Blair’s Golden Road Blog— Phish, WSP, Derek and Other “Fellow Travelers”
I don’t dig Phish. Lord knows I’ve tried. Through the years I’ve had so many people attempt to convert me. I dutifully auditioned live CDs fanatical fans would pass to me. I checked out every studio album that came my way, wondering if this would be the Phish album that would have songs that actually resonated with me. I recall when one came out a number of years ago a Phish Head pal proclaimed it “Phish’s American Beauty.” Uh, no. I watched most of a live Phish DVD a while ago, wondering if perhaps the visual element would get me off. Nope. “But you gotta see a show, man!” No doubt. I’m still open to that. But at this point, I really have heard many hours of Phish and it just doesn’t do it for me. The songs don’t sing to my soul, and even though the musicianship is clearly amazing on a technical level, it doesn’t hit me emotionally.
I’ve been through similar scenes with other jam bands (and my friends who like ’em). I can at least understand why Phish appeals to people, but in the case of Widespread Panic I don’t have a clue. They sound completely ordinary to me. Again, I’ve given them multiple chances to show me something — live and studio CDs — but the song craft isn’t there for me, the guitar playing does not blow my mind, and they lack even that quirky dimension that Phish has (way too much of). I suppose I have to see them live, too. So, who’s got my 10th row-center miracle ticket for that show? ’Cause in this era, with ticket prices what they are, I ain’t spending my concert money on a headliner there’s a good chance I won’t enjoy.
But here’s the thing: I root for both of those bands, and really, just about all jam bands, because they are “fellow travelers.” No, not fellow communists, as that term was originally applied decades ago, but musicians out of the mainstream dedicated to playing improvisational music before spirited and adventure-seeking crowds. I like any crowd that will dance—sorry, just standing there doesn’t count; gotta shake it at least a little — and any band that will get people up and moving. To me, it’s the highest form of musical communion. The Grateful Dead completely spoiled me, because not only did they inspire you to dance, they had perhaps the greatest song catalog (originals and covers) of any band ever, so every part of your body-mind-spirit was engaged. At this point, I’ve learned to go to shows not expecting that sort of soul-elevating trifecta, so I am often pleasantly surprised when I get one or two, and if not for an entire evening, at least in spurts.
It’s not like I want or expect bands to sound at all like the Grateful Dead. Yes, I love Furthur—it’s those guys and those songs, brought into The Now. But, as I’ve noted before, Dark Star Orchestra, who sound more like the Dead than Furthur, don’t do it for me. Even so, I still want them to do well, because they’re fellow travelers fighting the good fight and providing a space for the people who like them to experience something soulful and true.
My favorite of the first wave of jam bands — moe.— doesn’t sound anything like the Grateful Dead. Nor does String Cheese Incident, who I’ve enjoyed intermittently through the years. SCI and moe. also have made studio albums I love: Untying the Not and Wormwood respectively, and have written many fine songs. A group that I’ve come to love the last few years who go to some similar musical places as the Grateful Dead but in a completely different way is Railroad Earth. Again, it’s good songs as vehicles for inspired jamming, but more from the bluegrass side. Yonder Mountain String Band is often lumped into the loose jamgrass category, too, but for whatever reason I have not gotten into them in the same way. But I root for them, too!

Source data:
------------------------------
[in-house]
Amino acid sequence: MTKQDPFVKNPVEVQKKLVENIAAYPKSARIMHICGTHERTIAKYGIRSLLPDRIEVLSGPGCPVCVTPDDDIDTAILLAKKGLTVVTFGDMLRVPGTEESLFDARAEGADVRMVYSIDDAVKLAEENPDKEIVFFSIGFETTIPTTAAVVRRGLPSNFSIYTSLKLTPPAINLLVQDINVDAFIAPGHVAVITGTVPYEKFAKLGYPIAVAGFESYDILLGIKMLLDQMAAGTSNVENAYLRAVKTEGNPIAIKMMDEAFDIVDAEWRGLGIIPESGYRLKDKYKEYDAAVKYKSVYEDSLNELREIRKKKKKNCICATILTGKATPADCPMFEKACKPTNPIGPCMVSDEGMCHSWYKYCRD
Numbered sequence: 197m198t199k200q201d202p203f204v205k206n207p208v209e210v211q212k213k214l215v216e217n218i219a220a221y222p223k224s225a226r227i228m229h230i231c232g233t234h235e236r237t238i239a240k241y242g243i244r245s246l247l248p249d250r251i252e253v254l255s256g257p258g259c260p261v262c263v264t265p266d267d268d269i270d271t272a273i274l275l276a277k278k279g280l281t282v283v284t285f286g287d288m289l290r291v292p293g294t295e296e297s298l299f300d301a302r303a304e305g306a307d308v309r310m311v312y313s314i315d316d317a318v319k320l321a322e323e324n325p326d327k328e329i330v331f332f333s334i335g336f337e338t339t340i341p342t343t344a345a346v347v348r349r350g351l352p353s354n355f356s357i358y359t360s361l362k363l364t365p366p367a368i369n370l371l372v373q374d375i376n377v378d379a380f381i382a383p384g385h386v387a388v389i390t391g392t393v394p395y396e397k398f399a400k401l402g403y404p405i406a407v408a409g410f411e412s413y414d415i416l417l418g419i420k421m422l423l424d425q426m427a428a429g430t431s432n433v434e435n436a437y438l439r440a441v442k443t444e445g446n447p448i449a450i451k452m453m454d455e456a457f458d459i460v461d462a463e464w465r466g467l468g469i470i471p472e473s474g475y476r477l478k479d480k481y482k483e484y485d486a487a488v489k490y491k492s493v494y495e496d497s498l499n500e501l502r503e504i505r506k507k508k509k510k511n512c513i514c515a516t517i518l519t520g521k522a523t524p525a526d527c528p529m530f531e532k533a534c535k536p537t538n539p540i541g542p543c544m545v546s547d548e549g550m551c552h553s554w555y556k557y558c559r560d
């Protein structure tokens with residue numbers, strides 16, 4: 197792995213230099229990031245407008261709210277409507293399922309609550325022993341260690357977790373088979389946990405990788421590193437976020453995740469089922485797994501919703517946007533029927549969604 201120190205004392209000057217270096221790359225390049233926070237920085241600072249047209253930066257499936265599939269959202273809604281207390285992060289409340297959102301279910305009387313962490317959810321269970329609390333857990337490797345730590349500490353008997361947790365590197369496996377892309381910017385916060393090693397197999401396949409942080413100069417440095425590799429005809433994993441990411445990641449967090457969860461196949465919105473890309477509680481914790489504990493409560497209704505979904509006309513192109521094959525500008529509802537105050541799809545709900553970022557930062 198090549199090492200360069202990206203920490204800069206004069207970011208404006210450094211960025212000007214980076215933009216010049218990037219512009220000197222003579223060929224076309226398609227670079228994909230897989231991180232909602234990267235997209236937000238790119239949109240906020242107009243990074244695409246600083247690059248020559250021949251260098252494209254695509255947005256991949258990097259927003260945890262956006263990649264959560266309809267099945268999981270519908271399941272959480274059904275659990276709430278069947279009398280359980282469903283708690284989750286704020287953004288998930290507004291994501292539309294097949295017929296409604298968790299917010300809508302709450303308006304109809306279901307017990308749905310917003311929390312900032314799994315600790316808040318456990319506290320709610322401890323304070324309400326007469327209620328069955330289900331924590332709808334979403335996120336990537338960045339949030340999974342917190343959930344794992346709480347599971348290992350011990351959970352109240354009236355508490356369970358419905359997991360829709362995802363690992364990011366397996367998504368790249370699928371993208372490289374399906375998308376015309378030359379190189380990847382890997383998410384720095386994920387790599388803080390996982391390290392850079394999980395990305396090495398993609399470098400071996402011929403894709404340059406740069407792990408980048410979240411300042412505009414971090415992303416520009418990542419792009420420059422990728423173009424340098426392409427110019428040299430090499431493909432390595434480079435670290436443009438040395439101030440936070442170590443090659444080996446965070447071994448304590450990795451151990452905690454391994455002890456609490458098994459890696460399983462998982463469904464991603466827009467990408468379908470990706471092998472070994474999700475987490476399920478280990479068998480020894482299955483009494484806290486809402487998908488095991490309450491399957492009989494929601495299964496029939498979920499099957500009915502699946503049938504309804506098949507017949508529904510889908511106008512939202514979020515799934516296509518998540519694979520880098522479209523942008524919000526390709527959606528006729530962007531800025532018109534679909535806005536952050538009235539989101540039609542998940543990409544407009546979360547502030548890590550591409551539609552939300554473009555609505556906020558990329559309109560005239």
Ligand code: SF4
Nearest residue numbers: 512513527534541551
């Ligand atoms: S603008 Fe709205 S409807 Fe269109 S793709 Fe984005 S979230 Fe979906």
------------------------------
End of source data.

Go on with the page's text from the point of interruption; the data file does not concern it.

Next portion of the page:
The other night I went to the Warfield Theatre in San Francisco to see the Tedeschi Trucks Band, and they totally knocked me out with their alternately tight and jammy rock, R&B and soul sound. The crowd was great — hanging on every wail from Derek Trucks’ slide, and movin’ to the big, big sound of a surprisingly flexible 11-piece band, with Derek’s wife, Susan Tedeschi, out front with gritty lead vocals that at times recalled Bonnie Raitt, Bonnie Bramlett and other belters. Opening for the TTB was the married duo Tim and Nicki Bluhm (he’s best known as leader of the Mother Hips and also toured with the Rhythm Devils last year), and they were definitely not a jam band. They played short, catchy, country-flavored original songs—just two voices and one acoustic guitar—but you could tell they were fellow travelers because you could hear their roots in folk and old-time music, feel that the characters in their songs were flesh and blood, and that as performers they were connecting with each other and the audience. It was real. They got a tremendous reception from a crowd that was there to rock—but also open to being moved.
When it comes down to it, I guess what I’m really looking for, whether it’s from so-called jam bands or a solo singer with one instrument, is some sort of connection. When you find it, you know it—you can’t miss it! And when you get it, you want more. So the search continues…
OK, jam fans — tell us who you like and why! (And yes, I will take recommendations for THE Phish or Widespread Panic disc or download I have to hear!)
Jerry's dead and fish stink, I guess we should all go home. Except for Furthur, John k has my vote for the new, DEAD guitar
thanks for the discussion. Im glad it hasnt dissolved into the "my jamband is better than your jamband" argument. I pretty much like all this hippie shit. If I had the money to see it all I would. I've really enjoyed phish since they've returned. However, its been a little difficult to get tix for the western shows. Furthur has been great. I also love the latest formation of the ABB. As far as newer acts, I was blown away by Xavier Rudd's live show. Great musician and great energy. Octopus Nebula is a great new band from Denver that has its own special brand of psychedelic jamtronica. We are spoiled here in CO with all our great venues. There is just too much to see and it seems like all of these bands love to play our state.